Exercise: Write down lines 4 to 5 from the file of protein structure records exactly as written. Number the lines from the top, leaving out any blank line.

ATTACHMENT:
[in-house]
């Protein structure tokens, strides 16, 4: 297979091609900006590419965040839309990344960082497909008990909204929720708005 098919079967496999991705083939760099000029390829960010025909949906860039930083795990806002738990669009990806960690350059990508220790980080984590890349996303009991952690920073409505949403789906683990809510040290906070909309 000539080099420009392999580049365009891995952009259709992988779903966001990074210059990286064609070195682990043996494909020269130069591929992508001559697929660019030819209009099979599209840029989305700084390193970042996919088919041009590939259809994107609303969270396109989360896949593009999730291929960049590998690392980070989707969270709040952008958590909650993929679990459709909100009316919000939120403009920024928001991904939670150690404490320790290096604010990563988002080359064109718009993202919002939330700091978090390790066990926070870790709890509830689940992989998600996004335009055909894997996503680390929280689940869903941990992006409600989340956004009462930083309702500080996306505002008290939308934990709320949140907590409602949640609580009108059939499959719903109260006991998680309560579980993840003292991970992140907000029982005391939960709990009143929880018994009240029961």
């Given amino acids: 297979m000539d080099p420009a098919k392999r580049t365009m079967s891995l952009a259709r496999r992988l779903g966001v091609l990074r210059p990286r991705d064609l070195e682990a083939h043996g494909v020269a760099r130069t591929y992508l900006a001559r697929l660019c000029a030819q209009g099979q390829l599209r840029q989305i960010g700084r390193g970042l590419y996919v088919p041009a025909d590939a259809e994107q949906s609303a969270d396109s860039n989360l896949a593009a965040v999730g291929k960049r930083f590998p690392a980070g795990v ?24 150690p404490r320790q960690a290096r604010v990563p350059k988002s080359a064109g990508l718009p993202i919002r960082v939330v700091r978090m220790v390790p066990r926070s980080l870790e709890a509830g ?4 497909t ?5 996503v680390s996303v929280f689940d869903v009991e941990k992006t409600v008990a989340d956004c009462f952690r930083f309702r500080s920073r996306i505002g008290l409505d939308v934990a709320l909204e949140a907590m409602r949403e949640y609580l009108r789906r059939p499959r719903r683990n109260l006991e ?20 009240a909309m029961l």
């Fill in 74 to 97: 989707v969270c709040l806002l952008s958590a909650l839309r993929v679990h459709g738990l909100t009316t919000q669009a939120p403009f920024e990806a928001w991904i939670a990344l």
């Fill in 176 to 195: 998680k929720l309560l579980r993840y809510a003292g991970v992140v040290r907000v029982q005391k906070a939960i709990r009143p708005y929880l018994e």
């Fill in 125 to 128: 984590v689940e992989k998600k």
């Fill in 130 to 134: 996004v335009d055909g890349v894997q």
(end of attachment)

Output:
């Fill in 74 to 97: 989707v969270c709040l806002l952008s958590a909650l839309r993929v679990h459709g738990l909100t009316t919000q669009a939120p403009f920024e990806a928001w991904i939670a990344l």
């Fill in 176 to 195: 998680k929720l309560l579980r993840y809510a003292g991970v992140v040290r907000v029982q005391k906070a939960i709990r009143p708005y929880l018994e």